The Terrible China-Grand Forks Air Base Story
Last year, China purchased a 370-acre tract of land in Grand Forks North Dakota for 2.5 million dollars. The purchase, made by Fufeng Group, a Chinese food processor was initially supported by the City Council and Mayor Brandon Bochenski.
The Fufeng purchase was the largest foreign private sector investment in the history of Grand Forks. The company had planned to construct a 700-million-dollar wet corn mill on the property. The city estimated the plant would bring in at least 200 jobs and millions in tax revenue.
However, not all things are as they seem. The property is located just 12 miles
from the Grand Forks Air Force Base which is considered a vital communication center. In fact, the base has a space-networking center that’s been characterized as the backbone of all US military communications across the globe.
Air Force Major Jeremy Fox penned a memo last April stating that this was typical of China’s attempts to locate themselves close to U.S. military operations.
“Some of the most sensitive elements of Grand Forks exist with the digital uplinks and downlinks inherent with unmanned air systems and their interaction with space-based assets. Such interceptions, would present a costly national security risk causing grave damage to United States strategic advantages.”
“Passive collection of those signals would be undetectable, as the requirements to do so would merely require ordinary antennas tuned to the right collecting frequencies. This introduces a grave vulnerability to our Department of Defense installations and is incredibly compromising to US National Security.”
Wait; is an Air Force Major honestly saying that any antenna tuned to the right collecting frequencies, would be able to collect top secret military signals …. Undetected?
Grand Forks Mayor Brandon Bochenski claims to have changed his view of the proposed plant, citing security concerns over economic gains. He claims to have voiced his concerns to the federal government 18 months ago.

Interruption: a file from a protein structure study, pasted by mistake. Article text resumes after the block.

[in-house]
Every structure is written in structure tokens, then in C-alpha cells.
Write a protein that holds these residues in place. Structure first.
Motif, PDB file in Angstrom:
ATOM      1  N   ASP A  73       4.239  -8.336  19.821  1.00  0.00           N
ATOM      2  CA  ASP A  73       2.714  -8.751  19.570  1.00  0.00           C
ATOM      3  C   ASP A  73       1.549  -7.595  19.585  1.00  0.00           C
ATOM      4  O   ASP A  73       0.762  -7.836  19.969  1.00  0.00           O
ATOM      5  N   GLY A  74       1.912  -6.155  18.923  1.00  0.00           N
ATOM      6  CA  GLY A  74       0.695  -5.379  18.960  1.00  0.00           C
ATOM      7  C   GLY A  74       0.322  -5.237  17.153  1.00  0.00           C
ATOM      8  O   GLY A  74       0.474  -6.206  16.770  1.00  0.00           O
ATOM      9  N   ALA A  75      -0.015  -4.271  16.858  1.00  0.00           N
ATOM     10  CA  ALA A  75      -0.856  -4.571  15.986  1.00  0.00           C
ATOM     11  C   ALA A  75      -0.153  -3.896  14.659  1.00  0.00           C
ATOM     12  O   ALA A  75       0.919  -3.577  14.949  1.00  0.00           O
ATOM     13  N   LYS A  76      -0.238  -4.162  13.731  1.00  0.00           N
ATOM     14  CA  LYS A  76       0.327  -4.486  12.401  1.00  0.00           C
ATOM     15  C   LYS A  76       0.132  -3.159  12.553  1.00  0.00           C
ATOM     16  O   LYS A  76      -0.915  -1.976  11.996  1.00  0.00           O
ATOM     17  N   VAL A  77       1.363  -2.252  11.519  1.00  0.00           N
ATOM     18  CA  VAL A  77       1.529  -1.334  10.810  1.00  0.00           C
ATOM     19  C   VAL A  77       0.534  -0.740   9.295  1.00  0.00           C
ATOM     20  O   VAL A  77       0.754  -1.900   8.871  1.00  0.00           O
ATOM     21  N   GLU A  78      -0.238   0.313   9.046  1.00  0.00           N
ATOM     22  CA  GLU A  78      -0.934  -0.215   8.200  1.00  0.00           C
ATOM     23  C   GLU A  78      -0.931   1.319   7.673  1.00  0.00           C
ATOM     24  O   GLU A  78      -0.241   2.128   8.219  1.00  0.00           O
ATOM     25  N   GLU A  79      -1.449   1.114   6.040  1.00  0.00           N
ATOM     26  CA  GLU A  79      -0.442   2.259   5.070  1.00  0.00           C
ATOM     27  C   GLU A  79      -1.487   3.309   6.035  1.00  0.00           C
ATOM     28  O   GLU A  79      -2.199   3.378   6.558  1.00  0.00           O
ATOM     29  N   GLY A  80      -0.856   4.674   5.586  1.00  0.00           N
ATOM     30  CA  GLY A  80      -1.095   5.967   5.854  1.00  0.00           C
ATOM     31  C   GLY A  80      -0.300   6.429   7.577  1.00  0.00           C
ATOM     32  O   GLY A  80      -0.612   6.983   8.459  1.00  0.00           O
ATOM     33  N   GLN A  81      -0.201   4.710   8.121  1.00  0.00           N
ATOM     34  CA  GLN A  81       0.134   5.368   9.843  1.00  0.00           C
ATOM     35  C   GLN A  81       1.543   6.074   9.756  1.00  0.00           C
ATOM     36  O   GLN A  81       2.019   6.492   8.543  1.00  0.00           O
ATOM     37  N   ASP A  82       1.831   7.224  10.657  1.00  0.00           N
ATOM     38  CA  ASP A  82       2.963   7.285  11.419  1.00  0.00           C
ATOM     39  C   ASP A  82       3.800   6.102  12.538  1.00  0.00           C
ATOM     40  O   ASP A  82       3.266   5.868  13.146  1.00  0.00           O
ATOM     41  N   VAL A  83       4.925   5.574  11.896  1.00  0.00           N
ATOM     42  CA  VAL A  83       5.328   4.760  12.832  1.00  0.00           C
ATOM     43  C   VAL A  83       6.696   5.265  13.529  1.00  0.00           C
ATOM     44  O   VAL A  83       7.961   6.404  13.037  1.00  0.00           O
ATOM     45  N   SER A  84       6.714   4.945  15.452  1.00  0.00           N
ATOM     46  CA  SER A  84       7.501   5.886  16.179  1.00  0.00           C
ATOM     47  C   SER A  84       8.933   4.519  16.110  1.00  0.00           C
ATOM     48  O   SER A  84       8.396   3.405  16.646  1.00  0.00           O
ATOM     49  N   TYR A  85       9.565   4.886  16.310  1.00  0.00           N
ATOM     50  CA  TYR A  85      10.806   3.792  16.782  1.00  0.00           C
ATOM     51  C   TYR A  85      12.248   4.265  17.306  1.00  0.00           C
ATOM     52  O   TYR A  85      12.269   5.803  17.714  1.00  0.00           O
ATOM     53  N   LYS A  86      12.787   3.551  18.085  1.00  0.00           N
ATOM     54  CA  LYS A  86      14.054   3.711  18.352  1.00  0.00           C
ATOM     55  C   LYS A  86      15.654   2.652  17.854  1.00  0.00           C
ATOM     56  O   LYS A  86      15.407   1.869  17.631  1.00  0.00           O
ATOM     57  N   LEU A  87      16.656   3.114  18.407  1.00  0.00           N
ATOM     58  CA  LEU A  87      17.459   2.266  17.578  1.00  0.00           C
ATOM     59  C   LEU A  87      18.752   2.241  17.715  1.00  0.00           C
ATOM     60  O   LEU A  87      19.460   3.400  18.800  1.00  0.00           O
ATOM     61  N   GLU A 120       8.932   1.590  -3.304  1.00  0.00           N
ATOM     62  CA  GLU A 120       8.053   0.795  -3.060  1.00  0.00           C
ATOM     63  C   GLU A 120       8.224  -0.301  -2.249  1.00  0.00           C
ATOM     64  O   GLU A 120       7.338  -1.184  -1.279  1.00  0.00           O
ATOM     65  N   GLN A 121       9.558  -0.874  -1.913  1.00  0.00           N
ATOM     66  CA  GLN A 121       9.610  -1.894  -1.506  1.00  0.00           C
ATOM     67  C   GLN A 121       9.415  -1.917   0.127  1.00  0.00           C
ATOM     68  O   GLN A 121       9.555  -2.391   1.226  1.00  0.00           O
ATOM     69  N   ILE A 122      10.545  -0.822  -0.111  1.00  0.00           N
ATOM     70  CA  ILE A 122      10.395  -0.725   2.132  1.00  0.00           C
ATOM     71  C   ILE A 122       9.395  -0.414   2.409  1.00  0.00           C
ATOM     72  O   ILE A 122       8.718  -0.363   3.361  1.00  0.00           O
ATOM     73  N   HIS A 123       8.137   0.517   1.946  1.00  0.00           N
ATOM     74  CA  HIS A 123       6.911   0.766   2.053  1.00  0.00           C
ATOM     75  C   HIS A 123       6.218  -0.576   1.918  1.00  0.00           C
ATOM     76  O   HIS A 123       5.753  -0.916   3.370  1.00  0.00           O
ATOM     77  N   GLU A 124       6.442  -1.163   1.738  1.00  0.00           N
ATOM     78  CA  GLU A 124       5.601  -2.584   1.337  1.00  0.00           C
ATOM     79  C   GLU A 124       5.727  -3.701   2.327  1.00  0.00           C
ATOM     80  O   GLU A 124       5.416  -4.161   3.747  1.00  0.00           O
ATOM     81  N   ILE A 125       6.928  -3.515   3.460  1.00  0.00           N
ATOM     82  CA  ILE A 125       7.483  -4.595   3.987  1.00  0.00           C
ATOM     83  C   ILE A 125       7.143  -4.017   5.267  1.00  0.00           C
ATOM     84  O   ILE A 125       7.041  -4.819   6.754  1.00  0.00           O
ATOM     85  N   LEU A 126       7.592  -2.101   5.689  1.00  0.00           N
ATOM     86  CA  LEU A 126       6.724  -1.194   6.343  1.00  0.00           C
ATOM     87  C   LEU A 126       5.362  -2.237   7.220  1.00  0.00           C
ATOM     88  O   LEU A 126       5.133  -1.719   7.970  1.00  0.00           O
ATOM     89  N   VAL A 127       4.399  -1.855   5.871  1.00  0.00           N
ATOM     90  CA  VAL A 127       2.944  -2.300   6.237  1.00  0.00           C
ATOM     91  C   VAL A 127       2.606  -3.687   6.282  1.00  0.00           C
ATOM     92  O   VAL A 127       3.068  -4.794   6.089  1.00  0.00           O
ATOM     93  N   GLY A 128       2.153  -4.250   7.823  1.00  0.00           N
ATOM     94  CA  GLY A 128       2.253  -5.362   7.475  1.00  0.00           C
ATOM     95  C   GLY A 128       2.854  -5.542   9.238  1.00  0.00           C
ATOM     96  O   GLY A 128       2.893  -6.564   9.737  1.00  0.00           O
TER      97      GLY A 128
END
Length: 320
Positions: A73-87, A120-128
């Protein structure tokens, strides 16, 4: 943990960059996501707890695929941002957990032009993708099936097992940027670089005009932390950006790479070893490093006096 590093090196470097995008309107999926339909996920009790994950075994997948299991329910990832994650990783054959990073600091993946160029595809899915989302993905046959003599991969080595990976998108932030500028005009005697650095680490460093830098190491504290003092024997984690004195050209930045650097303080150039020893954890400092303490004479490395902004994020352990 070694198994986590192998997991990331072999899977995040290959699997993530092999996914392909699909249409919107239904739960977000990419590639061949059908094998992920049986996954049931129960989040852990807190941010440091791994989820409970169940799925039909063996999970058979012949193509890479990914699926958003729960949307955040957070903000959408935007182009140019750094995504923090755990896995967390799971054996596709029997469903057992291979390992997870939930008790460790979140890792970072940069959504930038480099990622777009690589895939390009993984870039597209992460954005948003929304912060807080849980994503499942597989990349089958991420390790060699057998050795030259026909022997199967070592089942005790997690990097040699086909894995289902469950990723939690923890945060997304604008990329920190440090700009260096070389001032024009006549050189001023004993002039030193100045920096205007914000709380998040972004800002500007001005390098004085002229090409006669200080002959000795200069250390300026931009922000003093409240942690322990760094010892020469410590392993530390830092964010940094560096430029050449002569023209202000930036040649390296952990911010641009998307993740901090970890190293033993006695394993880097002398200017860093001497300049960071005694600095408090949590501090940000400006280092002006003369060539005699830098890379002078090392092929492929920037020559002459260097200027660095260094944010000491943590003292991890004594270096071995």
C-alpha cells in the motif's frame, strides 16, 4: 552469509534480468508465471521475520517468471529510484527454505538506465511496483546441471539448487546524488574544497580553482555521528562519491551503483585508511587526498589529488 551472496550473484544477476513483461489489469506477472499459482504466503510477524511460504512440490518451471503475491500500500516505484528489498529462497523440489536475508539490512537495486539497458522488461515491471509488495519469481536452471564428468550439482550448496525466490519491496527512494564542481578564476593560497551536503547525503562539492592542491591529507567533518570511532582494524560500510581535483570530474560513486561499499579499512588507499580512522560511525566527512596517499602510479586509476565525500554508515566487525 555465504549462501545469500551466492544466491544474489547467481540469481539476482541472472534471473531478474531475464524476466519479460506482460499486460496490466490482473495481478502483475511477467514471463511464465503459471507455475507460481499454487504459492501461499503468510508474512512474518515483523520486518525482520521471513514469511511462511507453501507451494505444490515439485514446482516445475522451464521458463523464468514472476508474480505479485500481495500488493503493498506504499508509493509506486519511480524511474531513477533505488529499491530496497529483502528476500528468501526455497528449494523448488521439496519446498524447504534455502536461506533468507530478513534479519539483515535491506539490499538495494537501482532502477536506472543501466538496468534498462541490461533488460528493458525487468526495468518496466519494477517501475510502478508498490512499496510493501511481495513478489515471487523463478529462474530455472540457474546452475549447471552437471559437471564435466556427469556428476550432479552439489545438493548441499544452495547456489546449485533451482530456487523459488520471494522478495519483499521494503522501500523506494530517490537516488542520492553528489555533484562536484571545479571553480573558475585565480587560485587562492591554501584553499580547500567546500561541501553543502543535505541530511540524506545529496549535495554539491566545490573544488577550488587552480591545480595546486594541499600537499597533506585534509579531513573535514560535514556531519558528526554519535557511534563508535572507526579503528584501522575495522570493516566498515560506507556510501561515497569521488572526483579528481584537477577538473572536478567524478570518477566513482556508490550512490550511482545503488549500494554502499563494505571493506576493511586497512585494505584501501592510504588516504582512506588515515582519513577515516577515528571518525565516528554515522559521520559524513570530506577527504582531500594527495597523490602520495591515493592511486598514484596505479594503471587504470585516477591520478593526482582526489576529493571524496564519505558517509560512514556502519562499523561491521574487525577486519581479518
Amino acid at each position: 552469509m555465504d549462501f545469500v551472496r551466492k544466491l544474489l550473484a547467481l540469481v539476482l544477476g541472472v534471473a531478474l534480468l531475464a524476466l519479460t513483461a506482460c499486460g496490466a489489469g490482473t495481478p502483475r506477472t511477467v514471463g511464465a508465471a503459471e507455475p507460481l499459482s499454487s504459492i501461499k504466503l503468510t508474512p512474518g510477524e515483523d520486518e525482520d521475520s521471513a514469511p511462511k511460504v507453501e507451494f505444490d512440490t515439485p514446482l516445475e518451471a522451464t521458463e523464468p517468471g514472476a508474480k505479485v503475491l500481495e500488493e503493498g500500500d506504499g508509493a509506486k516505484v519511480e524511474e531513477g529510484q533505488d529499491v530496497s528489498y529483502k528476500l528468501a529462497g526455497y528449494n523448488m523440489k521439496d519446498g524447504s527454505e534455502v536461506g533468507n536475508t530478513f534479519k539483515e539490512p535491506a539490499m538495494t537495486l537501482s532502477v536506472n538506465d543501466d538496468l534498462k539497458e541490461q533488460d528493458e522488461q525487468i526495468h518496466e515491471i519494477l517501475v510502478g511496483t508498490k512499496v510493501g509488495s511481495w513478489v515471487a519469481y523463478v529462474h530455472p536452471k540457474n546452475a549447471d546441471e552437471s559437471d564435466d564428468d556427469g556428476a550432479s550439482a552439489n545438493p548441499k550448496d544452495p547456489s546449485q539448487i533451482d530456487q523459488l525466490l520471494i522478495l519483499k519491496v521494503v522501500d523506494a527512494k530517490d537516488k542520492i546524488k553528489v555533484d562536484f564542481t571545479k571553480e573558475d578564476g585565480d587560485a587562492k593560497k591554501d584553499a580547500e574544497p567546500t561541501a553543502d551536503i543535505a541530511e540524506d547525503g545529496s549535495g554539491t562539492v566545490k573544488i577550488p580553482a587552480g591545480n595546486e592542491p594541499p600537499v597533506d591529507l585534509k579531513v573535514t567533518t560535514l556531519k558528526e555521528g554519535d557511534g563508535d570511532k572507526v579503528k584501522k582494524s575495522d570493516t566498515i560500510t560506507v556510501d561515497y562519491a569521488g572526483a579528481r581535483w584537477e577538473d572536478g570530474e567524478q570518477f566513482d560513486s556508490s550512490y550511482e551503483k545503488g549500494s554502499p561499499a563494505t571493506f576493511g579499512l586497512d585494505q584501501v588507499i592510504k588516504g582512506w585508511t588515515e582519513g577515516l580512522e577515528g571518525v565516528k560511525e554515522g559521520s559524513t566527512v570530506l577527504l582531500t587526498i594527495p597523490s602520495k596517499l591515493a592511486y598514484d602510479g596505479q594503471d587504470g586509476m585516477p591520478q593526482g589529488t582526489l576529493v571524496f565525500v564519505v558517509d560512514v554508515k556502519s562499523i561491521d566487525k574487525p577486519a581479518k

“It’s been a long process. We initially reached out to the FBI, then the
Committee on Foreign Investment in the United States, (CFIUS) committee. They really came forth with a lackluster answer that left a lot of questions that needed to be answered. We were certainly surprised. We expected the federal government to do their job and do it quickly, and if they had concerns, communicate it to us.”
Finally, after 16 months the Air Force responded to Bochenski and asked that the city prevent the project from moving forward.
Air Force Assistant Secretary, Andrew Hunter, wrote a letter to state senators stating:
“The Committee on Foreign Investment in the United States concluded that it did not have jurisdiction, the Department’s view is unambiguous: the proposed project presents a significant threat to national security with both near and long-term risks of significant impacts to our operations in the area. The federal government has requested the city’s help in stopping the projectas geo-political tensions have greatly increased since the initial announcement of the project.”
North Dakota Senator Kevin Cramer’s office released a statement agreeing with Hunter’s position and asked Grand Forks to halt the project.
“The Air Force left ambiguity off the table and asked the city to find an American company to develop the agriculture project.”
In response Mayor Bochenski said this:
“The only remedies the city has to meet this directive is to refuse to connect industrial infrastructure and deny building permits. As mayor of the city of Grand Forks, I am requesting these remedies be undertaken and the project be stopped, pending City Council approval.”
On Monday night, the same city council that last year voted to approve the project, voted 5-0 to stop it. The vote was met with cheers and chants of “USA, USA” by those in attendance, many of whom were frustrated with the Mayor and City Council for green lighting the project in the first place.
This entire scenario needs to scrutinized and precautions need to be put in place to avoid this type of security failure, and even worse taking place going forward. Although under this administration, I’m sure that sounds to much like work, so I don’t expect it to happen.
First: Security perimeters need to be in place around all military bases, missile sites and any area deemed of military importance. Any activity, business or otherwise should meet military approval within those perimeters.
Second: If the response to his alert was as weak and as slow as described by the mayor, the country’s response to a possible threat is appallingly poor.
Third: If ordinary antennas can truly pick up military information, we are in big trouble. Without saying, this needs to be corrected, but for this administration It’s being said.
Fourth: How does a memo revealing sensitive information like that reach a public forum? Granted, most people will read right past it, but foreign country scanners that read everything will note it, explore it and exploit it.
Fifth: China purchased 6.1 billion dollars’ worth of property in the U.S. last year, more that any other country. In my humble opinion, that needs to stop.
China is running laps around us in espionage. The time to wake up has passed, we’re now playing catch up.